5. Denounce the demagoguery of "peace and disposition to dialogue" from the Santos government, which has shown its true colours with this murder, that may be a military victory, but represents a massive political defeat and exposes the short sightedness of the Colombian elite. The insurgents have insisted that there is no solution to the conflict without a national debate on issues such as political exclusion, guarantees for social activists, the relationship with the USA, dismantling of the paramilitary apparatus and above all, agrarian reform. Instead, Santos, save from a few cosmetic reforms, have offered no real disposition to address any of those issues in a national negotiating table with other actors apart from those on arms. 

The Colombian conflict has deep roots and they are untouched as it was remembered by the latest UNDP report on the Colombian rural reality that highlights that land concentration has increased massively with the conflict. The main beneficiaries of this violent land dispossession through conflict have been agrobusiness (biodiesel in particular) and local ranchers. Let us remember that ranchers, apart from being the main backers of the party in government, have fed for decades the paramilitary apparatus launched against the poor peasants, and that this paramilitary apparatus is structurally linked to the national army and local politicians, as proved by numerous high profile cases.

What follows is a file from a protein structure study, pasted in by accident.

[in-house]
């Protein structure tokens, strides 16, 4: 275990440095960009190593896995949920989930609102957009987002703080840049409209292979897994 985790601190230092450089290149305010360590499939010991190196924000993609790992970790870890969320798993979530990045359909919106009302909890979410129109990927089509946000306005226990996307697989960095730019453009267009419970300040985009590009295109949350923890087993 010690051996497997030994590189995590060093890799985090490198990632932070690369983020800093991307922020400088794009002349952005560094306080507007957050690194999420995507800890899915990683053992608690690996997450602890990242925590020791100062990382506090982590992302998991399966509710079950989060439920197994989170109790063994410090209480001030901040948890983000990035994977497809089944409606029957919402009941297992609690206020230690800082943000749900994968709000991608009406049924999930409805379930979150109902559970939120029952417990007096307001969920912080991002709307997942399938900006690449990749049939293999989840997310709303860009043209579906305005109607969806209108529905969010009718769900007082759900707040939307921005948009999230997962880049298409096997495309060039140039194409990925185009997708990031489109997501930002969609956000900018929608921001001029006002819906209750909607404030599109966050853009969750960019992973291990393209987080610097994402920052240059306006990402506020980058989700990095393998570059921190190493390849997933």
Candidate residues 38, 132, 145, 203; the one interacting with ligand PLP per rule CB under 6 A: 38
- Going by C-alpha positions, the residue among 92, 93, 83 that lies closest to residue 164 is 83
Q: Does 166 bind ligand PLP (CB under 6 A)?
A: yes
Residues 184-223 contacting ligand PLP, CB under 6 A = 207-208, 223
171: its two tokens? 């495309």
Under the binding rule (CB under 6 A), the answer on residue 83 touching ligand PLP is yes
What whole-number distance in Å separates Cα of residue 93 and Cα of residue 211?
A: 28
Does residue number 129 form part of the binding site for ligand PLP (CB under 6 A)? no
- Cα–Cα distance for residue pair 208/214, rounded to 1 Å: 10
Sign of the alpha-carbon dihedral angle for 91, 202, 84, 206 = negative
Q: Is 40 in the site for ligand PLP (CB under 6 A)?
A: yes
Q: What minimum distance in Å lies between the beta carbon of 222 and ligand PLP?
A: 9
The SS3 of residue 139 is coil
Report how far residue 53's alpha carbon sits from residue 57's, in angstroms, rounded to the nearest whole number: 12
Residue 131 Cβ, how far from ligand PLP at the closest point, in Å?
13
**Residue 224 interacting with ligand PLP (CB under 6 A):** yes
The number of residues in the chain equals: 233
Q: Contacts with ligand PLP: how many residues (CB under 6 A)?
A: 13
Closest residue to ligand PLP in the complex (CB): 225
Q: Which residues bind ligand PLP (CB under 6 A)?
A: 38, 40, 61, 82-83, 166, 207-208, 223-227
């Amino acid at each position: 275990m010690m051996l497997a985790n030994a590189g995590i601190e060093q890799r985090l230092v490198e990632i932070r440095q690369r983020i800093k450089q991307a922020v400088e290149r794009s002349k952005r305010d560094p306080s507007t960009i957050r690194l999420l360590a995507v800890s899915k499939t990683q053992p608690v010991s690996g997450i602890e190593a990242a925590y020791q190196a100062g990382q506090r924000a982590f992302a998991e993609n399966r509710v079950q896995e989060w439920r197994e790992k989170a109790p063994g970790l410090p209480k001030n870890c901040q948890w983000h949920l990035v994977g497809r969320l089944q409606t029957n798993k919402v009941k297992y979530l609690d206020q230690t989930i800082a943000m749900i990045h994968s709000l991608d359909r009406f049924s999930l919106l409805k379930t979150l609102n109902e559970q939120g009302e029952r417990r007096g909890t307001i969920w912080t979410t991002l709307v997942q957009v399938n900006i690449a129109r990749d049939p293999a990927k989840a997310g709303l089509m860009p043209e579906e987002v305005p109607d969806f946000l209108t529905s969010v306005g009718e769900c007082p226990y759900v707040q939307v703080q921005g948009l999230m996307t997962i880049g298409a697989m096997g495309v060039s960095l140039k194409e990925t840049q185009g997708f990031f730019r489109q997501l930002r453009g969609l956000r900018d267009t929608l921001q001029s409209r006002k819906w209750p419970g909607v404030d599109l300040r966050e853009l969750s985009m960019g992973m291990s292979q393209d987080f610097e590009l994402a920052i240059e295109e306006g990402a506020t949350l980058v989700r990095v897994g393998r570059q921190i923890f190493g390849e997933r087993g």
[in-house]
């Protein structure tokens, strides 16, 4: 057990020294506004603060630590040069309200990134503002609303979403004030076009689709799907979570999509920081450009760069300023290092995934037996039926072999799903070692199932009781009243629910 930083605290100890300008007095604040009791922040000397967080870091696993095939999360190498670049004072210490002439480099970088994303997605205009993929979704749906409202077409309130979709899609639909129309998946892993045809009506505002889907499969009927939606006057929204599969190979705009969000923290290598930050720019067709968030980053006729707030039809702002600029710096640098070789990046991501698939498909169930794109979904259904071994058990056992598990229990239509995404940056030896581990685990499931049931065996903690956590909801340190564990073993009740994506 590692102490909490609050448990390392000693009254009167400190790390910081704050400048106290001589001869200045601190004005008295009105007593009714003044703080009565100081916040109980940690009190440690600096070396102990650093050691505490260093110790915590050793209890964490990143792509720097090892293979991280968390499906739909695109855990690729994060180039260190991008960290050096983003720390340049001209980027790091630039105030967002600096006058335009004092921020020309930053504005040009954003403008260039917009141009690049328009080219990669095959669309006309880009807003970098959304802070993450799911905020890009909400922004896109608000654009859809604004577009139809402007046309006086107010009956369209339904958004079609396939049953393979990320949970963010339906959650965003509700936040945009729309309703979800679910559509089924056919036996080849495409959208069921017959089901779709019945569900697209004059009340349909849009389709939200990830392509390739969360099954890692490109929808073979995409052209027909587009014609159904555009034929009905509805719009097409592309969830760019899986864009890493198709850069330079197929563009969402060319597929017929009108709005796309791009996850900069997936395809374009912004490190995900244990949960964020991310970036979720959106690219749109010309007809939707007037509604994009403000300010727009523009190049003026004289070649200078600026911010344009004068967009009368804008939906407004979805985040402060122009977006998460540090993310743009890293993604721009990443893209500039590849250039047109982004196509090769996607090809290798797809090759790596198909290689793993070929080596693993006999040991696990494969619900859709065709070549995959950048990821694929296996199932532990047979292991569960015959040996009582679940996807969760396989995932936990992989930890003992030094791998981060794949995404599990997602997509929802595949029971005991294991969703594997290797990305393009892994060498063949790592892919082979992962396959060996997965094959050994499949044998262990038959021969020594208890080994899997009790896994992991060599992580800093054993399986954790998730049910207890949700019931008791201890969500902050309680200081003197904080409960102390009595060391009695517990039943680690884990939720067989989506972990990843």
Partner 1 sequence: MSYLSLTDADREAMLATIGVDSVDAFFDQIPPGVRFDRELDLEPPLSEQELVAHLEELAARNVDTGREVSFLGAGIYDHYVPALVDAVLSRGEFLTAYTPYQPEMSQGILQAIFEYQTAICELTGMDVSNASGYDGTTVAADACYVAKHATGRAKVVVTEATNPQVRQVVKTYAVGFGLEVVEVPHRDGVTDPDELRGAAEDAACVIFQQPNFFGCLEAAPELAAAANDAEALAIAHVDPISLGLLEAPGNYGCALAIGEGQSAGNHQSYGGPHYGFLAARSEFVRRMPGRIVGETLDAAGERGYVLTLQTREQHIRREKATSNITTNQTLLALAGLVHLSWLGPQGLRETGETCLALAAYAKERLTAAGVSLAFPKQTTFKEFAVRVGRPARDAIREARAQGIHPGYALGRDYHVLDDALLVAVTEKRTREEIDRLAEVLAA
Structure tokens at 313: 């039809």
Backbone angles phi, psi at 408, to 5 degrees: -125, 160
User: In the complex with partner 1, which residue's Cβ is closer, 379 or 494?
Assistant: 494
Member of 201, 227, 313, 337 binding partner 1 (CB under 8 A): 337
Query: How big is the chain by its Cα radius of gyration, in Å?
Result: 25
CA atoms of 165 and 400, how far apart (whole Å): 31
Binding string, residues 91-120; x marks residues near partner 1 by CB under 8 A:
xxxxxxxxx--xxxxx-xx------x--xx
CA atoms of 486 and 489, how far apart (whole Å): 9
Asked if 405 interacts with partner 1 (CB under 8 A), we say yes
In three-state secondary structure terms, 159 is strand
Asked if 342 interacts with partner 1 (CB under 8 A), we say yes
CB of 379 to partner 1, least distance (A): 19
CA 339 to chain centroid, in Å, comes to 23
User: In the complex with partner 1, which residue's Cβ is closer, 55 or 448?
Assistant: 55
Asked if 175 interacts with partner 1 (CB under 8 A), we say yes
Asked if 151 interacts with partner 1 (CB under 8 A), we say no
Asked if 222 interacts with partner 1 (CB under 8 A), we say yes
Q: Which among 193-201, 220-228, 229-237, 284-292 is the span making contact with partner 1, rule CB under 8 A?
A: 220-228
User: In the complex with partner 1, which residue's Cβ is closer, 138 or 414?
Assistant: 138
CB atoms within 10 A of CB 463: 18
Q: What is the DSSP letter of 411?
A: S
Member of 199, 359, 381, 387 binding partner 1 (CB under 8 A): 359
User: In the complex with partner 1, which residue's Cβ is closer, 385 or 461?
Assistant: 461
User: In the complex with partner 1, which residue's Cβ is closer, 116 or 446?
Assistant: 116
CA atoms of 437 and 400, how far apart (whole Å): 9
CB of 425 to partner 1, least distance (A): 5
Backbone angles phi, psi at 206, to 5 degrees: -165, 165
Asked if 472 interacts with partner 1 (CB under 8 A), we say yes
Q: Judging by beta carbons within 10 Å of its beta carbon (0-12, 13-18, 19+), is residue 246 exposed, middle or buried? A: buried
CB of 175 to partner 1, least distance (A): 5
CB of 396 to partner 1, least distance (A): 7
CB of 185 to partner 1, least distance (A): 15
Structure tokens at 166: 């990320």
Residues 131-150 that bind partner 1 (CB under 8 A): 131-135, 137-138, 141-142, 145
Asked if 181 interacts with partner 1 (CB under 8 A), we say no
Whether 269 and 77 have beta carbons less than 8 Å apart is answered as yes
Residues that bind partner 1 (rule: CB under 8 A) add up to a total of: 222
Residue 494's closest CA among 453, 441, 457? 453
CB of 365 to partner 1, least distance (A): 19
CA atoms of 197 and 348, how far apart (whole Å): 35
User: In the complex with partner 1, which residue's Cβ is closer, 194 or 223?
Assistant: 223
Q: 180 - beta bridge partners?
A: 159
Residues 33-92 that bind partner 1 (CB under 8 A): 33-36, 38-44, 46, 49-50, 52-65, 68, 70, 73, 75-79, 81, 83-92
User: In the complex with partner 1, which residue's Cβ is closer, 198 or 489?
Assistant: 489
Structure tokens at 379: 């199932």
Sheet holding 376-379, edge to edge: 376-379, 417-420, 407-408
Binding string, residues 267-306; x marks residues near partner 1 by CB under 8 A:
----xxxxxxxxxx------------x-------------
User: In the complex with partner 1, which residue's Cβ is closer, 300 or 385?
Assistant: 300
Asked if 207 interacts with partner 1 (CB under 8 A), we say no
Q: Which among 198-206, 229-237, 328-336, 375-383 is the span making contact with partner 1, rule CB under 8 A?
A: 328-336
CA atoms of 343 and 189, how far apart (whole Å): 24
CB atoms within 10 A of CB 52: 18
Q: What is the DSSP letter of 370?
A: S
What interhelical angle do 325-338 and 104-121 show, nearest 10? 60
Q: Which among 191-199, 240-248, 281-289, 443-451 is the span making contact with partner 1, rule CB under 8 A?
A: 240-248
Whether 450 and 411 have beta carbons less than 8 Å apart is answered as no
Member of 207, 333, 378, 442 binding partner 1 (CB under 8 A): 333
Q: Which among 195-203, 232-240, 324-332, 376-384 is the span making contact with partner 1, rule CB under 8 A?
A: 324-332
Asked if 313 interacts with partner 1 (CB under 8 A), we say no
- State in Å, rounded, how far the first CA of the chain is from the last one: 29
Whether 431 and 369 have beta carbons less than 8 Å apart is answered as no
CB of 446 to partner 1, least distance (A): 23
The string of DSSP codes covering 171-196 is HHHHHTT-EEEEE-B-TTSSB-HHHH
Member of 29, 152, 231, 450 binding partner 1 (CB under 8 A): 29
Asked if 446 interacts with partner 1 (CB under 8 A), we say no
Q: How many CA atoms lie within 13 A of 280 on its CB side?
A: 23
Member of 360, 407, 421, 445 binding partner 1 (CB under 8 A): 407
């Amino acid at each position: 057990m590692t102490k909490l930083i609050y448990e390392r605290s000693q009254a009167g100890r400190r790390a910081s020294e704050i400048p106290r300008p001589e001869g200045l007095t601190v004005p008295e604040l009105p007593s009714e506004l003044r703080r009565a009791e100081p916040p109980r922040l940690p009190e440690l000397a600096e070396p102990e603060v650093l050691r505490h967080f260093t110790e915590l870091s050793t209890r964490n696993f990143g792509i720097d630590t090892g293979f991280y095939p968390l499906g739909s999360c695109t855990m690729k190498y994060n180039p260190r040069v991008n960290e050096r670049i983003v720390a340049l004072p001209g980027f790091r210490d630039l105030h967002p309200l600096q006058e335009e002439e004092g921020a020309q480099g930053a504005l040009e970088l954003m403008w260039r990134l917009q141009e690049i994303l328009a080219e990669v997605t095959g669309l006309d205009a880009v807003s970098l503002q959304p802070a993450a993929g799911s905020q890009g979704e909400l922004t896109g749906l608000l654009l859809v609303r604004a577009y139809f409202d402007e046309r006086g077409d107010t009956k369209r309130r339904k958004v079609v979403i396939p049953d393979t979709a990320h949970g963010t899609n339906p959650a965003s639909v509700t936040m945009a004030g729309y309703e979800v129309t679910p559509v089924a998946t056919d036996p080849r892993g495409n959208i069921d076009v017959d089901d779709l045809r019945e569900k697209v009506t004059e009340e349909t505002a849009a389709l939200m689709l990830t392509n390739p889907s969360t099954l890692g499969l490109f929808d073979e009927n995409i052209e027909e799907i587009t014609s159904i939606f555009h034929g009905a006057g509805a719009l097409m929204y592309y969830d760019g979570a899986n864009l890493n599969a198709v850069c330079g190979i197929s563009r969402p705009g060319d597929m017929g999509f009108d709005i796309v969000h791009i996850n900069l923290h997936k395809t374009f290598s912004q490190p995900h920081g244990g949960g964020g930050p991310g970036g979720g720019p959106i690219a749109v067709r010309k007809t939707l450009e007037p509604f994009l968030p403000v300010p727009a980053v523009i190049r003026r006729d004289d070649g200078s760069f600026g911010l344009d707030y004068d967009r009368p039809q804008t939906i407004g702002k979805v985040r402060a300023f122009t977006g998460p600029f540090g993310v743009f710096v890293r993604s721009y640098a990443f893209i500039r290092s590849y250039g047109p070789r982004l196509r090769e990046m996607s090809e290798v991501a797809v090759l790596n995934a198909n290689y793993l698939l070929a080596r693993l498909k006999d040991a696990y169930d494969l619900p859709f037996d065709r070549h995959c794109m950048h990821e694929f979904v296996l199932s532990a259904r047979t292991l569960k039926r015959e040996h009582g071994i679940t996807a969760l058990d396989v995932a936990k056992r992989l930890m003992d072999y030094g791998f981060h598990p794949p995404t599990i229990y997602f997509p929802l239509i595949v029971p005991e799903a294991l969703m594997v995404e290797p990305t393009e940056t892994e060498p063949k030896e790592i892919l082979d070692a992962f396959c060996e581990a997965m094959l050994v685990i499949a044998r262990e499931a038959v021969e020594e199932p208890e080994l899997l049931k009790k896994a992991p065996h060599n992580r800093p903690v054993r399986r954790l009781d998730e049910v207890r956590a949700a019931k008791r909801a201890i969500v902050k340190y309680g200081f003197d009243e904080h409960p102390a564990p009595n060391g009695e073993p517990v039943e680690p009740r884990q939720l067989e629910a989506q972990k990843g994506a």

On the other hand, heavy handed repression remains the knee-jerk response of the State against legitimate protest as shown recently to the military response to coca growers in Tarazá, to oil workers in Puerto Gaitán and to sugar cane cutters in Valle del Cauca. 

While these features remain part of Colombian life, scores will keep being thrown into the ranks of the insurgency, fueling this endless cycle of violence.

6. Support renewed calls to a political solution to the conflict that deals with the root causes of political violence. A negotiation which is nothing but the demobilisation of the guerrillas may be read as a victory by the government, but means a defeat for the mass of the Colombian people. It will be a peace leading to a failed State such as Guatemala, where in peace more people die of violence than during the conflict. Yet the elite is happy since this violence do not threaten their privileges and doe not affect them in their guarded villas. A violent (military) solution to the conflict is not only a remote scenario, is also an undesirable scenario.

7. Once again expresses its solidarity with the Colombian social organisations and with the people in resistance to this economic, social and political model of death and forced displacement. We want to emphasize that it is the bulk of the people, resisting in a variety of ways the ravages of the model, which hold the keys to peace in Colombia, not the government of Santos as he mistakenly affirms. It is them the sole actor who has the ability to challenge the order of institutionalized violence which today reigns in Colombia and the sole actor that can force the Colombian elite (which once again proves its wholehearted opposition to dialogue) to address these long standing problems.

The struggle for peace in Colombia cannot be separated from the struggle for an alternative social project that places human beings and the environment at its very heart.All of the voices of Colombia should be heard for that purpose. In this exercise alone lies the salvation of Colombia.

Grupo Raíces (Grúpa Fréamhacha)
 November, 2011